Without a compelling introduction to your screenplay, you're dead in the water. If you don't captivate a reader and make them want more, how can you expect them to keep reading your script? You've got to get the reader's attention and keep it, so today, I'm going to step you through how to write a screenplay opening hook with examples.
A hook is exactly what it sounds like; it's the idea that "hooks" a reader into caring about the rest of your story. A hook is written into the first five to ten pages. In an age of short attention spans, you need to give the reader a reason to stick around and invest in the rest of your story.
Examples of Hooks in a Screenplay
The Shape of Water
In "The Shape of Water," written by Guillermo del Toro and Vanessa Taylor, we start off floating at the bottom of the river and then gradually push into what we realize is a flooded apartment. Kitchen chairs and end tables float among fish. A narrator speaks about a princess without a voice and of love and loss. A sleeping woman floats above her bed before she gently sinks down. An alarm clock goes off, the water vanishes, and we find ourselves in a non-sunken apartment. We then follow along with the woman as she goes about her day.
This is an excellent point to remind you that as a screenwriter, you're not just writing. You're creating visuals. Of course, you know that, but sometimes you can get so caught up in trying to have your story make sense or having certain things happen you put concerns about the visuals on the back burner.
This opening is so unexpected and visually interesting that it makes us think, "Of course I'll follow this woman about her day. I want to know more!" It's very mysterious. At first, you might question if the water is really there, but then you realize it's more of a dream sequence, and you wonder what the water represents. The mysterious, whimsical nature of the visuals combined with the narrator's intriguing talk of princes, princesses, and monsters makes the reader (and eventually, the viewer) want to know more.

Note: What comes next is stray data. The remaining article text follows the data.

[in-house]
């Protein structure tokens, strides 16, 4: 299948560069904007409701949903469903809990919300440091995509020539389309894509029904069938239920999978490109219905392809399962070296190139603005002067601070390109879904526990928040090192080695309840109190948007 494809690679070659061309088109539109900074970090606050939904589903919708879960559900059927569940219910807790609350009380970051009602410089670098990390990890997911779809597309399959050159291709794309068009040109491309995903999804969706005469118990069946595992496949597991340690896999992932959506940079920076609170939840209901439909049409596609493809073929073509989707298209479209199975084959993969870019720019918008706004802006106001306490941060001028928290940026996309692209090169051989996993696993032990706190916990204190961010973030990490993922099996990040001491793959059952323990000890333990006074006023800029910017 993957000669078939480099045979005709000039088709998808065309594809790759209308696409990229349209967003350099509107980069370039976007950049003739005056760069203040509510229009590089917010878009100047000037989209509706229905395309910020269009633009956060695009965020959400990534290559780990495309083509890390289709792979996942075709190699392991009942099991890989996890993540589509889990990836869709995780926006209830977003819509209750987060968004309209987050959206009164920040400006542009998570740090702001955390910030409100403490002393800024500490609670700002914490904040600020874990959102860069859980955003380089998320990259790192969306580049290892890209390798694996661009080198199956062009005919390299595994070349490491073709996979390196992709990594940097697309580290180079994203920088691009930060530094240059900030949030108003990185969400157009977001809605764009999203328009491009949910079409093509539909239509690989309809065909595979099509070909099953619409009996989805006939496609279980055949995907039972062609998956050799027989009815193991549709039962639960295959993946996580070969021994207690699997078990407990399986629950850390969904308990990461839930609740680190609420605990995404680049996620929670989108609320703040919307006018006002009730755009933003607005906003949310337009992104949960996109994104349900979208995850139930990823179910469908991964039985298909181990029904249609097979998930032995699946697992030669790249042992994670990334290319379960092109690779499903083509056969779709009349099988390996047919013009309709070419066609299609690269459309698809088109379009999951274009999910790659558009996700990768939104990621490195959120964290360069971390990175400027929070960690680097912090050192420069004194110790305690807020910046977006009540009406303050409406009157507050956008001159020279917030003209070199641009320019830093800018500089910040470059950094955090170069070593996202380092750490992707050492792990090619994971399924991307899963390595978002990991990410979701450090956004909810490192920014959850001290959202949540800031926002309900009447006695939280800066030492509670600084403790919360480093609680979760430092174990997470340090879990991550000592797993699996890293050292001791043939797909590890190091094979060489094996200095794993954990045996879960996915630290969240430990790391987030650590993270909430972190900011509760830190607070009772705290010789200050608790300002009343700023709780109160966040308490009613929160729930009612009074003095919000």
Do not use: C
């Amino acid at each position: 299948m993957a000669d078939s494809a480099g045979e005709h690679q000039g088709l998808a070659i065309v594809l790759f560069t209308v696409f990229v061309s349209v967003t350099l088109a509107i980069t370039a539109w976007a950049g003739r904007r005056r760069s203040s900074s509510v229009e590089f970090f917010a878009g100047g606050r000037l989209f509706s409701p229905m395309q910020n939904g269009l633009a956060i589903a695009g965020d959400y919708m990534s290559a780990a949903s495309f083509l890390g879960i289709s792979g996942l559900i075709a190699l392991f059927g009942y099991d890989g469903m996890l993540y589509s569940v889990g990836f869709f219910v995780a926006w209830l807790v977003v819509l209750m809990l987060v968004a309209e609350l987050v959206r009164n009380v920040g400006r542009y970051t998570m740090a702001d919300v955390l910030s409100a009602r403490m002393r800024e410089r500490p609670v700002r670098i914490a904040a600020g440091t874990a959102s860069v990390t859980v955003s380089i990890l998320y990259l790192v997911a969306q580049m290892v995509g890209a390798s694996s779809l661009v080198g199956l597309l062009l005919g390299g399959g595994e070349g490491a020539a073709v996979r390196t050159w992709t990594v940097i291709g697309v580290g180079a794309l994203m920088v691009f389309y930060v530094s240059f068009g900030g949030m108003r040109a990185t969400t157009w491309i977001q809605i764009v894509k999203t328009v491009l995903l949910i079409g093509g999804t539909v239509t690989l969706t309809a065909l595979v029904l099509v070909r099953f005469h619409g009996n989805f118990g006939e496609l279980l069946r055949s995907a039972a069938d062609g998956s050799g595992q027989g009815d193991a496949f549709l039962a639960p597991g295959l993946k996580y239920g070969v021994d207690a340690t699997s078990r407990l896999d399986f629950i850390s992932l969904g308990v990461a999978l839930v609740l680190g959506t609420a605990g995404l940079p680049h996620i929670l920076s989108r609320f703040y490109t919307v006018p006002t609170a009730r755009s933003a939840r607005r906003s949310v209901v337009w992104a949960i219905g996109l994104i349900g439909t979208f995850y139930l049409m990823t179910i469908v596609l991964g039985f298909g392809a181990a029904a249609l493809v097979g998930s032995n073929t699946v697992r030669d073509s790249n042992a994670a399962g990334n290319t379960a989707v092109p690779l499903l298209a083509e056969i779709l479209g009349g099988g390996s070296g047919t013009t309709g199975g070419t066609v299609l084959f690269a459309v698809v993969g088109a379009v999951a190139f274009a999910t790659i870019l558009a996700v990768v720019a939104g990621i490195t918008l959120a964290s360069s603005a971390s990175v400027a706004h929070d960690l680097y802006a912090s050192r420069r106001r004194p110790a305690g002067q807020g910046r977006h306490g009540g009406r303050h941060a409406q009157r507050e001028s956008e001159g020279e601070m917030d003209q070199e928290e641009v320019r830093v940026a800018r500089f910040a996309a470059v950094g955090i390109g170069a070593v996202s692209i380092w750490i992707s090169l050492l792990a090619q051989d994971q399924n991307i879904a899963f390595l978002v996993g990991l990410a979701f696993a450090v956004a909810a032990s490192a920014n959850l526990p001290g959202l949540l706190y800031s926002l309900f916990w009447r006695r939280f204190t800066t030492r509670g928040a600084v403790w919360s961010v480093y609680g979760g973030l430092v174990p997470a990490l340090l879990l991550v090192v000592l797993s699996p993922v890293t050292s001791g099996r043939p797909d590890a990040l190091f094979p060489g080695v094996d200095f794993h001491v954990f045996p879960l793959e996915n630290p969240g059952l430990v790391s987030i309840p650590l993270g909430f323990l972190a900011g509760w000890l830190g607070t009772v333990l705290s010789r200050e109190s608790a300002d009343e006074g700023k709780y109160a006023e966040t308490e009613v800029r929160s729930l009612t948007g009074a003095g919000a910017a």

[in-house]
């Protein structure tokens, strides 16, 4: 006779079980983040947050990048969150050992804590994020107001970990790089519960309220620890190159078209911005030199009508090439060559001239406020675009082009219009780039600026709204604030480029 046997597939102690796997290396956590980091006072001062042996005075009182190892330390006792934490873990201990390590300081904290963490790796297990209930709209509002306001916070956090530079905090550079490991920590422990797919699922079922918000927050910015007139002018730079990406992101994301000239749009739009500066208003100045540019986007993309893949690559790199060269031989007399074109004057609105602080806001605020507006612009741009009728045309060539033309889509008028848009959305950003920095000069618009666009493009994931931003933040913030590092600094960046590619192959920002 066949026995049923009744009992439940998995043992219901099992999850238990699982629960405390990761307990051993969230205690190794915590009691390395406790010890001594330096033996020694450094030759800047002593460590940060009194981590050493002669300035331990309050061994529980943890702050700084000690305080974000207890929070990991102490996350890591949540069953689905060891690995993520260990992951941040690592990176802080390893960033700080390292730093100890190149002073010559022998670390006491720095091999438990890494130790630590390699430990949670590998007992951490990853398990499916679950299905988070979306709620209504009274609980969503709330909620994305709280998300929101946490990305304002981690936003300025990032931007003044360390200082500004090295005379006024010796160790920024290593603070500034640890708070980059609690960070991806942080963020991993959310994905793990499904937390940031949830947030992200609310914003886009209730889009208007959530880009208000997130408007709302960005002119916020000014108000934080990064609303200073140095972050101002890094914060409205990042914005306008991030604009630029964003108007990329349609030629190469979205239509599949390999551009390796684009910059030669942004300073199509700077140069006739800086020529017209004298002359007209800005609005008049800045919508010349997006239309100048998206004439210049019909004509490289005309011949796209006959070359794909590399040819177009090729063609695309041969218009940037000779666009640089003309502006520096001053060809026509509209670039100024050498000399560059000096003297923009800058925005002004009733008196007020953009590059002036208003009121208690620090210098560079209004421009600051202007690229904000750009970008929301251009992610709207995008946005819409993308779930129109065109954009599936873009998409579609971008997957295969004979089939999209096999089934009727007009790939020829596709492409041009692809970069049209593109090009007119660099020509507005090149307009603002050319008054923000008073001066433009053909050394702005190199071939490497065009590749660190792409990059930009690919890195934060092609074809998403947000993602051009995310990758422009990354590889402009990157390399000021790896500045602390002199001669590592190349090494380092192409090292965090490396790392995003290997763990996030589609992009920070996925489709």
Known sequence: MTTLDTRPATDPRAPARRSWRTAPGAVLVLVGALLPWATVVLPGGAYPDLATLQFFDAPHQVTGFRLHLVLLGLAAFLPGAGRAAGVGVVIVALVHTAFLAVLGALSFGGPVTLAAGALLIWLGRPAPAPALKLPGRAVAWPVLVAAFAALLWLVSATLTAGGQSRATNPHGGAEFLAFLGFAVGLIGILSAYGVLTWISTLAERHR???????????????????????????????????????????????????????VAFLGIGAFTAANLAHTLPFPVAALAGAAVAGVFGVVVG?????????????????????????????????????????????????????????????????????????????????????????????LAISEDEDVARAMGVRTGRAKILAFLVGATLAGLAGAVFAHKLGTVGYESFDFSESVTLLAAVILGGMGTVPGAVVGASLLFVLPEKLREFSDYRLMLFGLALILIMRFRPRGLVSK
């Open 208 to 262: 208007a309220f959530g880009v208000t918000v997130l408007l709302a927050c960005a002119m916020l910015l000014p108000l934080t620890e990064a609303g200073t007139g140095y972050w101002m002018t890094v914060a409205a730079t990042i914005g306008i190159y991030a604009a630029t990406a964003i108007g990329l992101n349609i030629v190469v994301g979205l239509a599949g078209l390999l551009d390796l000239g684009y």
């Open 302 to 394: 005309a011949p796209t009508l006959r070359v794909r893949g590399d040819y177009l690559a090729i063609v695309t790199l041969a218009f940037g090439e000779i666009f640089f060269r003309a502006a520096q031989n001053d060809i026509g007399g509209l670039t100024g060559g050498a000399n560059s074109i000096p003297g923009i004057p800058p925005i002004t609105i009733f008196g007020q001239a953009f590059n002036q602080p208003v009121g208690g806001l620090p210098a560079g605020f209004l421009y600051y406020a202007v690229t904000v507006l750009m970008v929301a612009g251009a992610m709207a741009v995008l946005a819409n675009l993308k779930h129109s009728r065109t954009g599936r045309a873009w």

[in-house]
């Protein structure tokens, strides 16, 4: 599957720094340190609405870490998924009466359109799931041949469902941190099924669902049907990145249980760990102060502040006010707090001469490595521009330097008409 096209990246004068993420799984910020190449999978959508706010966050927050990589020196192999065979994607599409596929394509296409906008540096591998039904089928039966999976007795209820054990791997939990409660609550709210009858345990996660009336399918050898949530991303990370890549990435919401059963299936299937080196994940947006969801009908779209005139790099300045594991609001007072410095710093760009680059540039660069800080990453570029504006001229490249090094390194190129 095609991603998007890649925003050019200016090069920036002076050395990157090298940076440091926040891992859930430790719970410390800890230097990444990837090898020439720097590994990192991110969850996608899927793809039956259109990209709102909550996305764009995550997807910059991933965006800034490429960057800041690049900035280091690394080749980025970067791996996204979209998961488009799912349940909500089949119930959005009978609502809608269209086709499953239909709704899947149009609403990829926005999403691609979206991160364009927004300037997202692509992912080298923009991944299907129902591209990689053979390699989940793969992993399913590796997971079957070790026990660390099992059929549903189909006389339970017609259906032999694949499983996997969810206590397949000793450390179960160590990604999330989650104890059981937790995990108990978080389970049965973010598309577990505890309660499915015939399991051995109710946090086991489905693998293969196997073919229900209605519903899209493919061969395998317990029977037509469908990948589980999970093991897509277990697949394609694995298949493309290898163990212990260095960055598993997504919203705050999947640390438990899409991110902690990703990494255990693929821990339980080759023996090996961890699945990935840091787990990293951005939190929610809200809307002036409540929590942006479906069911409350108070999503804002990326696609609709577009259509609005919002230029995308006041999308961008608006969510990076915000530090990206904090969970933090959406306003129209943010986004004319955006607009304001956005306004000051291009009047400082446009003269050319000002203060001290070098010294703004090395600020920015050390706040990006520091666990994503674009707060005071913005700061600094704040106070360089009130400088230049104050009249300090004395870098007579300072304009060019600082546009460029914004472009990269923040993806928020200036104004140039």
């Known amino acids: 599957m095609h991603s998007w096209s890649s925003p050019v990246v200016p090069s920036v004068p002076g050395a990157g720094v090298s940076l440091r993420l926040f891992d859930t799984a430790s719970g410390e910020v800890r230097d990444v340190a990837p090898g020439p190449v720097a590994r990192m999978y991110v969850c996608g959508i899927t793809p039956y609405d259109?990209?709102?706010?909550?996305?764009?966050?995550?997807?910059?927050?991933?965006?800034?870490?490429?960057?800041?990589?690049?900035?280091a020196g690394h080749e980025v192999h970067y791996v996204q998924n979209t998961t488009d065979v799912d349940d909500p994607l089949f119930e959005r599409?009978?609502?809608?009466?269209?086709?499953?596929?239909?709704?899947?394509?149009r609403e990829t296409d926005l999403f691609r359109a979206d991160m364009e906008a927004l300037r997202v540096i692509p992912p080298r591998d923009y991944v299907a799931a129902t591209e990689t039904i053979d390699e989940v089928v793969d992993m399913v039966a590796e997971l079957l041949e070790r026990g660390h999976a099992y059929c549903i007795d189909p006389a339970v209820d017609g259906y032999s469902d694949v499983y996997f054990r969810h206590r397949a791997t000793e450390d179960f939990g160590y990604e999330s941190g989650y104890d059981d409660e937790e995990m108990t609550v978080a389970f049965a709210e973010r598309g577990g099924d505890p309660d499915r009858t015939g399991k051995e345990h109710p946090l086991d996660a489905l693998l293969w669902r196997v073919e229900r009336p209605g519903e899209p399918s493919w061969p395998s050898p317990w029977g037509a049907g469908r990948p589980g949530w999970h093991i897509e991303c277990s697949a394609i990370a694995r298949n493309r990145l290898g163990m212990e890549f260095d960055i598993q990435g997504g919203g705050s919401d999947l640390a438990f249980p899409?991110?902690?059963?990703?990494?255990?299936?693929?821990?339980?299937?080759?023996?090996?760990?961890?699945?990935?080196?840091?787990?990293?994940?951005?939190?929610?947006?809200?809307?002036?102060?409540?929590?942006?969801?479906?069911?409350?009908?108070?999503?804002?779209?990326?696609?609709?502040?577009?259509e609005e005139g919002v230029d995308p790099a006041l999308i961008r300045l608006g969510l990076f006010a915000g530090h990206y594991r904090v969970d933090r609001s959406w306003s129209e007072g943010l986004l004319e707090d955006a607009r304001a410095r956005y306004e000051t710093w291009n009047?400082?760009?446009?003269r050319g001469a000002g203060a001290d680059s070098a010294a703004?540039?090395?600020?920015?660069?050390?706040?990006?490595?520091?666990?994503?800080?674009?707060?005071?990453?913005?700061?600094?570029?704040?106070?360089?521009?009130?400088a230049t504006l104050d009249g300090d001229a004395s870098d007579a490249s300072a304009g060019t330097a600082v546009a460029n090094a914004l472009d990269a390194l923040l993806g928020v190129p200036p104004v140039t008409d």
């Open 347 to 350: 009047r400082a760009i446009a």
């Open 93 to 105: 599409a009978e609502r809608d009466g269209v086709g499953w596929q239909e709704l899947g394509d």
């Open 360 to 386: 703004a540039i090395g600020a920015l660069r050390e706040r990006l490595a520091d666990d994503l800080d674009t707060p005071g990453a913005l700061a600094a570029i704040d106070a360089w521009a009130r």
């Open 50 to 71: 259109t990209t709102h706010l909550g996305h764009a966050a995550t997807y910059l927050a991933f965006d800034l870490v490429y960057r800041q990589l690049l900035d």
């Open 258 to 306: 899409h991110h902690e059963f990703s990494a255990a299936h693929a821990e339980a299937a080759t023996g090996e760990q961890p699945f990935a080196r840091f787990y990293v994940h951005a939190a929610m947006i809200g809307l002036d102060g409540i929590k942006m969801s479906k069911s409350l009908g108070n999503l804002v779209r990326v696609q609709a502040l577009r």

You can check out the screenplay for "The Shape of Water" here.
The Usual Suspects
The neo-noir mystery "The Usual Suspects," written by Christopher McQuarrie, begins with an injured-looking man on a boat lighting a cigarette. We see a stream of liquid near him. He lights the book of matches and uses that to ignite the liquid in a trail of fire. The fire is extinguished by a man whose face we don't see. The faceless man casually approaches the injured one, who seems torn between surprise and resignation. They have a brief conversation before the faceless man shoots him. The faceless man proceeds to set a fire igniting the boat in explosive flames. We're then told via flashback how the men ended up on the ship.
This opening immediately piques our curiosity about the mystery of it all. In terms of action, we're starting at a very high point: There's murder and arson! The technique of showing something and working your way back to explain how it happened is very effective in the film. This technique works particularly well when the story you're telling is such an intriguing mystery as in "The Usual Suspects."
Read the screenplay for "The Usual Suspects" here.
The sports comedy film "Caddyshack" was written by Brian Doyle-Murray, Douglas Kennedy, and Harold Ramis. It begins with a glorious day on the golf course! The sun is rising, the sprinklers are going off, and the neighborhood gopher is prowling around. A mother wakes up her dozen children. The elder son gets a talking to about saving up for college. He hurries off, biking his way to his job as a caddy on an upscale golf course, home to some oddball characters. "Caddyshack" introduces us to this family, and we get an impression of where our main character comes from. Most importantly, we're introduced to the setting of the movie, a country club golf course, and we get a peek inside the workings of it.
A strong comedy hook should demonstrate and alert to the type of comedy that will be seen throughout the film and where it can be expected to come from. "Caddyshack" does just that quickly, drawing humor from its golf course location.
You can read the script for "Caddyshack" here.
The hook is not the be-all, end-all to your script. A screenplay with a good hook can still fall apart in the middle or have an unsatisfying end. You shouldn't overlook the rest of a script and merely be satisfied with a good hook. Hooking readers and viewers into your story is essential, but you must keep them engaged with a captivating story to the end. Hopefully, the films I mentioned inspire you and give you some ideas about your own hooks. Happy writing!